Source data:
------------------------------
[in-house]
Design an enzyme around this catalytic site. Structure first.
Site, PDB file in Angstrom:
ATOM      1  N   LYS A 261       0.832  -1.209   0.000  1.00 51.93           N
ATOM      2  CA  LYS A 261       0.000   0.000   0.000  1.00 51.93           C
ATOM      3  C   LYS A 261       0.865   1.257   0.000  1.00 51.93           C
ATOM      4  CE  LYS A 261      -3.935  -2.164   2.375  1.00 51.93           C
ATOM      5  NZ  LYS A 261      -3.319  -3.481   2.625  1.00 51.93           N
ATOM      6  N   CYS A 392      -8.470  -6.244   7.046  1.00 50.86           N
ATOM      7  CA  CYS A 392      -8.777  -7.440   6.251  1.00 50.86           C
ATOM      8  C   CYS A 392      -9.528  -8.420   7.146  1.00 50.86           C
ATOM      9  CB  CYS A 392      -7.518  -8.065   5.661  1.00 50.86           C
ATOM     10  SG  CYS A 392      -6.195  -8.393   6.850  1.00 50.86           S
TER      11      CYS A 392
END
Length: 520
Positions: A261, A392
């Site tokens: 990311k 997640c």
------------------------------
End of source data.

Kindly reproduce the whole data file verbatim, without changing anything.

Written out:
[in-house]
Design an enzyme around this catalytic site. Structure first.
Site, PDB file in Angstrom:
ATOM      1  N   LYS A 261       0.832  -1.209   0.000  1.00 51.93           N
ATOM      2  CA  LYS A 261       0.000   0.000   0.000  1.00 51.93           C
ATOM      3  C   LYS A 261       0.865   1.257   0.000  1.00 51.93           C
ATOM      4  CE  LYS A 261      -3.935  -2.164   2.375  1.00 51.93           C
ATOM      5  NZ  LYS A 261      -3.319  -3.481   2.625  1.00 51.93           N
ATOM      6  N   CYS A 392      -8.470  -6.244   7.046  1.00 50.86           N
ATOM      7  CA  CYS A 392      -8.777  -7.440   6.251  1.00 50.86           C
ATOM      8  C   CYS A 392      -9.528  -8.420   7.146  1.00 50.86           C
ATOM      9  CB  CYS A 392      -7.518  -8.065   5.661  1.00 50.86           C
ATOM     10  SG  CYS A 392      -6.195  -8.393   6.850  1.00 50.86           S
TER      11      CYS A 392
END
Length: 520
Positions: A261, A392
């Site tokens: 990311k 997640c």